Amherstburg will be competing against three other municipalities in the 9,001-25,000 population category in an attempt to see which town stacks up the best. Competing municipalities include one from Quebec – Bois-des-Filion – and two from Ontario – South Huron and Niagara-on-the-Lake.

Amherstburg has drawn comparisons to Niagara-on-the-Lake in the past and manager of tourism and culture Anne Rota said having them as one of Amherstburg’s competitors will be a challenge.

“Competing against Niagara-on-the-Lake does put a lot of pressure on us but we think that all of Amherstburg’s amenities and beauty are just as important as Niagara-on-the-Lake,” said Rota.

The judges come to Amherstburg July 28-30 with the main days of judging being July 29-30. Rota said the contest is far more than just about flowers and beauty, with judging categories including tidiness, urban forestry, environmental action, landscape, heritage conservation as well as floral displays.

With it being a national competition, Rota said they will be showing judges about the global presence that exists in Amherstburg through the “world class businesses” that have located here.

A flower bed in the Navy Yard Park is ready for the Communities in Bloom judges.

A flower bed in the Navy Yard Park is ready for the Communities in Bloom judges.

The Friday tour includes stops at the Libro Centre, the Walker Aggregates Quarry, Holiday Beach Conservation Area, the Park House Museum, the Canadian Coast Guard base, the south gateway water settling pond, Diageo and Fort Malden National Historic Site. The Saturday tour includes a tour of King’s Navy Yard Park, the peace sculpture and the Battle of Lake Erie monument.

“The pride, sense of community and feeling of accomplishment generated through participation are visible in communities that participate in CiB. These benefits make it a program where everyone wins,” said Rota.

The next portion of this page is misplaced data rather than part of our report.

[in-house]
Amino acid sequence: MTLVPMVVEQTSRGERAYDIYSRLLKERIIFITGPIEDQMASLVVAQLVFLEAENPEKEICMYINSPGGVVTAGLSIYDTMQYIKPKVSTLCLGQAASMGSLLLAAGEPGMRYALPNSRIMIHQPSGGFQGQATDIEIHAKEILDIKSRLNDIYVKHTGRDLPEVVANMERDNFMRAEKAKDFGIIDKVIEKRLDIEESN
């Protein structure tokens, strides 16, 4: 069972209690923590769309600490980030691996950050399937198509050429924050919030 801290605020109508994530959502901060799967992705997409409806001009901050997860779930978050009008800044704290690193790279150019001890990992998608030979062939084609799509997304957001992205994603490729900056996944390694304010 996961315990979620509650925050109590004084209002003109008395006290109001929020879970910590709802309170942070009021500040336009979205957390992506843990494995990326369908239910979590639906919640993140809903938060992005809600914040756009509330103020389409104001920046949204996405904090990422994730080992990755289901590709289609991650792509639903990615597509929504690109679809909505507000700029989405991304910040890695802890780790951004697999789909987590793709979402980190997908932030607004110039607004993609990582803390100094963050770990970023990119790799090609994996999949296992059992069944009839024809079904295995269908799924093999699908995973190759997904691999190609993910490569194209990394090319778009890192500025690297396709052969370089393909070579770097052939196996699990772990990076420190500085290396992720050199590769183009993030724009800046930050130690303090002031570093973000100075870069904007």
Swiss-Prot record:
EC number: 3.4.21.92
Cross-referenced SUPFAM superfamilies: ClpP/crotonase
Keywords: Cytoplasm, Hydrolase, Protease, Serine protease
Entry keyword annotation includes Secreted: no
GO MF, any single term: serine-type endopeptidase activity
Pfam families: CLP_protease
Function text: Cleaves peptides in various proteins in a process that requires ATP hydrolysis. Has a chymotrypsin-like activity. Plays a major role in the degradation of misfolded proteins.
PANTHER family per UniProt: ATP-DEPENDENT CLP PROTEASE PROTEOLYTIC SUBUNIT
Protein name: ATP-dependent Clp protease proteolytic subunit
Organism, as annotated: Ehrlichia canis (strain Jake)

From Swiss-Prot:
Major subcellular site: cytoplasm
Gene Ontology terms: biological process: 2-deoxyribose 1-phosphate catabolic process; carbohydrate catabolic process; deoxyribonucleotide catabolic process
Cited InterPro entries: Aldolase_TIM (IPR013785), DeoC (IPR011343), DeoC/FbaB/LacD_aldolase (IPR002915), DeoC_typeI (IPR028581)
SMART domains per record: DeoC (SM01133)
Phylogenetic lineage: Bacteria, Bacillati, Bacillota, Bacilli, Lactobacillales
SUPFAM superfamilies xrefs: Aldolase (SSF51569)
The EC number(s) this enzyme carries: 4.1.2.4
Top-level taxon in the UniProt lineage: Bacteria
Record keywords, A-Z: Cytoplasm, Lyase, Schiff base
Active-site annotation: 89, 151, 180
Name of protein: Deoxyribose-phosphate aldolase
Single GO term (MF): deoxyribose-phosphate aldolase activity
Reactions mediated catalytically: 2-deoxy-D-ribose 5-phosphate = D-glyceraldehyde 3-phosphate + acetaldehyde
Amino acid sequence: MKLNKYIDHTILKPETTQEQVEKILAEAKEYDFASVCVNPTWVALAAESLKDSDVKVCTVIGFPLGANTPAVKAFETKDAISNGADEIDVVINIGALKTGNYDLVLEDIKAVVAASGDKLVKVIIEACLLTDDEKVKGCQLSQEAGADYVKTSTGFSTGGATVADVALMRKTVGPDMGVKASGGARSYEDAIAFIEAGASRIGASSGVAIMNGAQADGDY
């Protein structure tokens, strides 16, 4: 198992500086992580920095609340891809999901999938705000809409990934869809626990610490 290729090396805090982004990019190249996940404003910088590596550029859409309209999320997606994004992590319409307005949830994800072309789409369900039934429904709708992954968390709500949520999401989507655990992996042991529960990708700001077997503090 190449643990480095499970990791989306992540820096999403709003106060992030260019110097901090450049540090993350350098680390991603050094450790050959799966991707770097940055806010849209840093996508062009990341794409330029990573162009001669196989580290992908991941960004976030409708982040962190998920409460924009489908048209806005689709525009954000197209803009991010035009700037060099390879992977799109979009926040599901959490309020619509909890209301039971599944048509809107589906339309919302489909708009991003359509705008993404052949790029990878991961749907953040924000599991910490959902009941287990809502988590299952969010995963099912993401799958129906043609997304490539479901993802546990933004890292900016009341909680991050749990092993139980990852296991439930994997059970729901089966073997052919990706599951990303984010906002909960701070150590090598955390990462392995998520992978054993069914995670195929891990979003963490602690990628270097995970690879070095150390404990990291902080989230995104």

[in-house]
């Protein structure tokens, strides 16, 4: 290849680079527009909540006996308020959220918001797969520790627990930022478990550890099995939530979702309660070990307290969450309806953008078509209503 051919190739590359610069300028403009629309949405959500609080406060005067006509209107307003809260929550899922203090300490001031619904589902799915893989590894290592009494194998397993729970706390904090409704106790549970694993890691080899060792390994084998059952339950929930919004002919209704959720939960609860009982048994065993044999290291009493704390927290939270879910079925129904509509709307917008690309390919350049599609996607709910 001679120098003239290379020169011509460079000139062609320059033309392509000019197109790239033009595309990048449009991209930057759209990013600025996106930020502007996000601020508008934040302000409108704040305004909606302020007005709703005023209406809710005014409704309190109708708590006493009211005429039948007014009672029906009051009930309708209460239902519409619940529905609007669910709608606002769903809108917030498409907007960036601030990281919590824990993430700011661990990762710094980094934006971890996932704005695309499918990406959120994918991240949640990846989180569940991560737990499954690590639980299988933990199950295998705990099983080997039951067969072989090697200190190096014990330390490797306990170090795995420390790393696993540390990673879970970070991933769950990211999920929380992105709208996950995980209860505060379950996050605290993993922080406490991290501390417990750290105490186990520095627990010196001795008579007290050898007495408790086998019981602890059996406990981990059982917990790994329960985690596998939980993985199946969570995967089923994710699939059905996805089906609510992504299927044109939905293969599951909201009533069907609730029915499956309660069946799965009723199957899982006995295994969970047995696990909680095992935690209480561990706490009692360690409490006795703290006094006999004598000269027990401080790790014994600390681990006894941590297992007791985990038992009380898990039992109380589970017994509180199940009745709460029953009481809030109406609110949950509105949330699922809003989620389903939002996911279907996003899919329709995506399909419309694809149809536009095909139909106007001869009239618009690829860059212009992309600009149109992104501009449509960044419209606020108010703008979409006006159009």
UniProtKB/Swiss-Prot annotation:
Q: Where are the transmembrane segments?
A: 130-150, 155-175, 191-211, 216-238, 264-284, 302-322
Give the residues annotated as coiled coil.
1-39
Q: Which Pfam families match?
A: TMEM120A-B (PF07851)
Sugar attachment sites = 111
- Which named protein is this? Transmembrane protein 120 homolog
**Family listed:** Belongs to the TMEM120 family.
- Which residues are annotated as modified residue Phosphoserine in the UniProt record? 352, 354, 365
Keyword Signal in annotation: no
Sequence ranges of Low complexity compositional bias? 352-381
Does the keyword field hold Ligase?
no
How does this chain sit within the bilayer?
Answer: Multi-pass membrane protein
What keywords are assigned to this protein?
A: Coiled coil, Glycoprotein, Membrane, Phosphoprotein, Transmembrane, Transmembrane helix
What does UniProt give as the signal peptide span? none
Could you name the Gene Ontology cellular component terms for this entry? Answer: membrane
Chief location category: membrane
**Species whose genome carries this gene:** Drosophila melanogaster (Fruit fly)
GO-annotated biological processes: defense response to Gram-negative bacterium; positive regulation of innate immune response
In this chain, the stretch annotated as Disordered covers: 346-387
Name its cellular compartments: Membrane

Rota added that participants can benefit financially from the program through community tourism initiatives, business opportunities for the entire community, and other related projects. A valuable information exchange network allows communities to share accomplishments, best practices and projects.

All participants are showcased on the Communities in Bloom website through the “Explore our Communities” section, with a description page and a link to their respective community website. The Communities in Bloom magazine, published twice a year, also features participants and program results, as well as articles and educational content.

The town also had to prepare a community profile book to submit to the judges in advance. For residents to view the community profile book, they can visit http://www.amherstburg.ca/Event/Details/cibnational2016.

Rota also stated the town has submitted two applications for outstanding achievement awards with one being in the “Winter Life” category and the other being for its floral displays.

“I have a feeling we have a pretty good chance in at least one of those two categories for sure,” said Rota.

The judges are from Quebec and New Brunswick.

“It’s very nice to have an outsider critique our community and give us some feedback,” said Rota.

The town puts a lot of effort into the Communities in Bloom submission and appreciates the effort residents and businesses do sprucing up their own properties.

“We are very appreciative of the support we get from the entire community for this program,” she said.

 

 

Fees waived for Amherstburg Farmers Market

 

 

By Ron Giofu

 

Town council has waived all fees for the Amherstburg Farmers Market after one of the vendors voiced concerns with the proposal at the most recent town council meeting.

Steeve Bouchard of Bouchard Farms wanted the $3,625 fee proposed for the farmers market waived and council granted his request.

“I think in the seven years we’ve had the market at the ‘Little White Church,’ we’ve not paid any fees,” said Bouchard.

Bouchard told town council vendors do not pay fees in many other local municipalities and the majority of markets don’t have them.

Manager of tourism and culture Anne Rota said the fees were arrived at as a result of council’s user fee bylaw that was adopted earlier this year. Rota said vendors rarely move inside the building and use very little hydro.

CAO John Miceli pointed out that administration’s recommendation was to reduce the fees from $3,625 to $625.